Accelerating flexible plastic film recycling.
Led by Impact Recycling, the BOSS 2D project is building on proven innovation used to sort rigid plastics, to vastly improve the recycling of flexible plastic film.
If the vast array of flexible plastic film types used as packaging wrappers can be accurately and efficiently sorted into uncontaminated, material specific waste streams, they can be recycled instead of incinerated.
BOSS 2D will enable that to happen for the first time.
The Maximising recycling from purpose-built flats project is working to address an age-old problem - how to increase capture and quality of recyclable materials from households that don't have standard kerbside collections.
Led by ReLondon (formerly the London Waste and Recycling Board), this project will trial new interventions and infrastructure with the results and key learnings shared widely to they can be easily replicated.
Closing the loop on lithium-ion batteries.
Lithium-ion battery technology is likely to be the keystone in moving our society to a greener, more sustainable future.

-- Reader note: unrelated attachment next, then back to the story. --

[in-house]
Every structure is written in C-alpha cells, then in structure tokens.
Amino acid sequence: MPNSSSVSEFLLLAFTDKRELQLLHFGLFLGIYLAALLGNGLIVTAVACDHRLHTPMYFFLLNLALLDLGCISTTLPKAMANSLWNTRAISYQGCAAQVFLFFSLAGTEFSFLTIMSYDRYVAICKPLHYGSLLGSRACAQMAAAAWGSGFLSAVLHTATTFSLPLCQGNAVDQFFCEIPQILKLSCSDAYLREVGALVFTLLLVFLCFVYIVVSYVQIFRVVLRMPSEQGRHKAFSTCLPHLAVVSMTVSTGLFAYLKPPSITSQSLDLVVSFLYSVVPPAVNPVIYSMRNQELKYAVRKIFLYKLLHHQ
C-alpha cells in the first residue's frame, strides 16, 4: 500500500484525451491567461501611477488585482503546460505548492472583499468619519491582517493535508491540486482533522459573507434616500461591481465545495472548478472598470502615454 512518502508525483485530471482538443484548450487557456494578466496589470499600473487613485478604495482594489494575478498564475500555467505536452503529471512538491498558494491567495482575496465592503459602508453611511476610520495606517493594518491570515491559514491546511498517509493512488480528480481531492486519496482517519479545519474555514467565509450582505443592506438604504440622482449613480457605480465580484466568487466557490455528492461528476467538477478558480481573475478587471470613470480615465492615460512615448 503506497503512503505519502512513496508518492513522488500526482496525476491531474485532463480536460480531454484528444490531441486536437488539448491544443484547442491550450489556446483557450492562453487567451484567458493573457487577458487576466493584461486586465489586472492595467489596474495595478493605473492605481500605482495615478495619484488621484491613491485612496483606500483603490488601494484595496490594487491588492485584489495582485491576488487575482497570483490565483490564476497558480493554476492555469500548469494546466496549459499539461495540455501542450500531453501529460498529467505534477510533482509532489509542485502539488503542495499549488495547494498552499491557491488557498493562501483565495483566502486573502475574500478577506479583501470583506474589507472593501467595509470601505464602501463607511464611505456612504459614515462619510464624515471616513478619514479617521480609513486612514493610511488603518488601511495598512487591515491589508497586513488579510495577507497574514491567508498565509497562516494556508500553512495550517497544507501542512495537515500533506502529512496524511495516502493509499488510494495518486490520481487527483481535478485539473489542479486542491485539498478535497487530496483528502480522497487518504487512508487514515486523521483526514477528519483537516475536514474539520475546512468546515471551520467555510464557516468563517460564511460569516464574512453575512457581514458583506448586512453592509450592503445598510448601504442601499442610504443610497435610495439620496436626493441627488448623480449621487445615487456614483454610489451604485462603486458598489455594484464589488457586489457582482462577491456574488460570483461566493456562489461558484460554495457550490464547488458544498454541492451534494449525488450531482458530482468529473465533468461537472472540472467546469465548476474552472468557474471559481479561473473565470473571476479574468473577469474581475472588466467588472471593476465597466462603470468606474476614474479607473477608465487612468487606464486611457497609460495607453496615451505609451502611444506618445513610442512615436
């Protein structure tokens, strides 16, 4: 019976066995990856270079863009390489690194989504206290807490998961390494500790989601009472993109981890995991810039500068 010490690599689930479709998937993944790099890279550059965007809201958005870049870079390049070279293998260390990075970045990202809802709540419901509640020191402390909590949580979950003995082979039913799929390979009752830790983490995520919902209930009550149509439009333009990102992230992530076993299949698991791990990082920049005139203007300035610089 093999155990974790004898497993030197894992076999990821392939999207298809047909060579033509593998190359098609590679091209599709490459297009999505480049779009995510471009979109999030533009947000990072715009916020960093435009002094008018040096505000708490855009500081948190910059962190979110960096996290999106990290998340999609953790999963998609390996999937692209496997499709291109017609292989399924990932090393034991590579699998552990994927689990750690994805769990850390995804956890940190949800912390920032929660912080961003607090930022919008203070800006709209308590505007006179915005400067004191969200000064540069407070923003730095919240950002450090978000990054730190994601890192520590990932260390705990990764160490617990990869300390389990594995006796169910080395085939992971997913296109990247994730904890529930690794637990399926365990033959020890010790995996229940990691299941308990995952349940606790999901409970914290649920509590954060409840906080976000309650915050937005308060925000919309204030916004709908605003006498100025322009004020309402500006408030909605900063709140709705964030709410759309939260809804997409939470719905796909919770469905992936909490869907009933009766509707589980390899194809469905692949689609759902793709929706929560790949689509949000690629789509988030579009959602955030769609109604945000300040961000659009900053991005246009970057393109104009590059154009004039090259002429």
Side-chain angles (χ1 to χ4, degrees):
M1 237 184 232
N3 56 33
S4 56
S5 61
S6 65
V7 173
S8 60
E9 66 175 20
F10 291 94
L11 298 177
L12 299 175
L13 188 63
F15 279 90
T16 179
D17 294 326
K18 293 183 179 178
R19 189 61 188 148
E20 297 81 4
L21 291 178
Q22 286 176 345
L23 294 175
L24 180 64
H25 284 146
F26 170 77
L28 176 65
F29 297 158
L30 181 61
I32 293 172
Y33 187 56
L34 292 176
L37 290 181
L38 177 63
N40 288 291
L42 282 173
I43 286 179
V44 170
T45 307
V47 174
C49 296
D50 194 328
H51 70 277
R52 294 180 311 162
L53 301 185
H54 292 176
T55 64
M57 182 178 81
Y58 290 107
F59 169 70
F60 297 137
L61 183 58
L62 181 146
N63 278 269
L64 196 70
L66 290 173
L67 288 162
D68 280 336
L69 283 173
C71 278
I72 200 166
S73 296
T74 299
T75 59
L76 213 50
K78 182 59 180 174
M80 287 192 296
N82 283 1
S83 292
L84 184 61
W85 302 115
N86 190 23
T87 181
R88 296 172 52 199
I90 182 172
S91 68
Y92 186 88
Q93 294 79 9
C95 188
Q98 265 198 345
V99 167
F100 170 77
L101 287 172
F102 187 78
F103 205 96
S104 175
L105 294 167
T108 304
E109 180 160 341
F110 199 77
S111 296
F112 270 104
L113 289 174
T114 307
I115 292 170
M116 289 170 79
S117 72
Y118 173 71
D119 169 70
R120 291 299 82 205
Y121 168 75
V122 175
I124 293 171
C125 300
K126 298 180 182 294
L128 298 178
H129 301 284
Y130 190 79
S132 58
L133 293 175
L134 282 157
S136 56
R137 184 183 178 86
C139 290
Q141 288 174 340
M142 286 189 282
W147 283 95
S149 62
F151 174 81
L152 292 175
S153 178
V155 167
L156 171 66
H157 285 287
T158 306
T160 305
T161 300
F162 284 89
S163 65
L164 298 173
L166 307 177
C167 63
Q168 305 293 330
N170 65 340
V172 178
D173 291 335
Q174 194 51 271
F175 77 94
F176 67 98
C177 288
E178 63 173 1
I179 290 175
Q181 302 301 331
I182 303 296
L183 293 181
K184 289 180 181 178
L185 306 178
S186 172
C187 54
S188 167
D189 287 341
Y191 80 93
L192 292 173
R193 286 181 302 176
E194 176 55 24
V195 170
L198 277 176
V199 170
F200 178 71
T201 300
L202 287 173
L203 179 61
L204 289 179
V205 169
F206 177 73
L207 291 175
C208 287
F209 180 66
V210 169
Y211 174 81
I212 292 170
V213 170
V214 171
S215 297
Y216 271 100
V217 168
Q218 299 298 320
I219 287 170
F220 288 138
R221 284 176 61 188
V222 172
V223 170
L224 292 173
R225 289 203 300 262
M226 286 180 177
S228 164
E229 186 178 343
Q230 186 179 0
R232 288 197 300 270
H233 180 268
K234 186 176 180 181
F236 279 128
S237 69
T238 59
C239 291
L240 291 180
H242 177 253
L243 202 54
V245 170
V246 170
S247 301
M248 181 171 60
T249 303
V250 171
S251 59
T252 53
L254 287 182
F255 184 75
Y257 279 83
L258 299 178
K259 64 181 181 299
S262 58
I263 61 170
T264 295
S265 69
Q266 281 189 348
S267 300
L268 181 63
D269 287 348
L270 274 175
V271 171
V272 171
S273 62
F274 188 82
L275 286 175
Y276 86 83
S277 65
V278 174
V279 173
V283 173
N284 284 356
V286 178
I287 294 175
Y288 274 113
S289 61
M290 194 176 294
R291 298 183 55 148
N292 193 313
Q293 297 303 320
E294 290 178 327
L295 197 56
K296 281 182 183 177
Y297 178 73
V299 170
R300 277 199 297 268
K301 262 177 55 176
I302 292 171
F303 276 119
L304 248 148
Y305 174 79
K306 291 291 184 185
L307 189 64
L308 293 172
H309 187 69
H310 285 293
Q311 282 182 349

However, without effective and environmentally friendly recycling technology in place, we are fast approaching a significant problem due to the scarcity of raw materials and destructive mining techniques.
Led by Impact Solutions, CellMine could prove to be the Holy Grail solution.
Margaret has a PhD in landfill microbiology having worked in wastes and resource management for over 30 years. She is also a fellow of CIWM, a fellow of IOM3, an International Wastes Manager and a Chartered Environmentalist.
Mark Miodownik is the UCL Professor of Materials & Society. For more than twenty years he has championed materials science research that links to the arts and humanities, medicine, and society. This culminated in the establishment of the UCL Institute of Making, where he is a director and runs the research programme. Mark also recently set up the Plastic Waste Innovation Hub to carry our research into solving the environmental catastrophe of plastic waste.
Mark is the multi-award winning author of New York Times bestselling book Stuff Matters and he regularly presents BBC TV and radio programmes on materials science and engineering including the Dare to repair series on BBC Radio 4. In 2014 he was elected a fellow of the Royal Academy of Engineering and in 2018 he was awarded an MBE for services to materials science, engineering and broadcasting.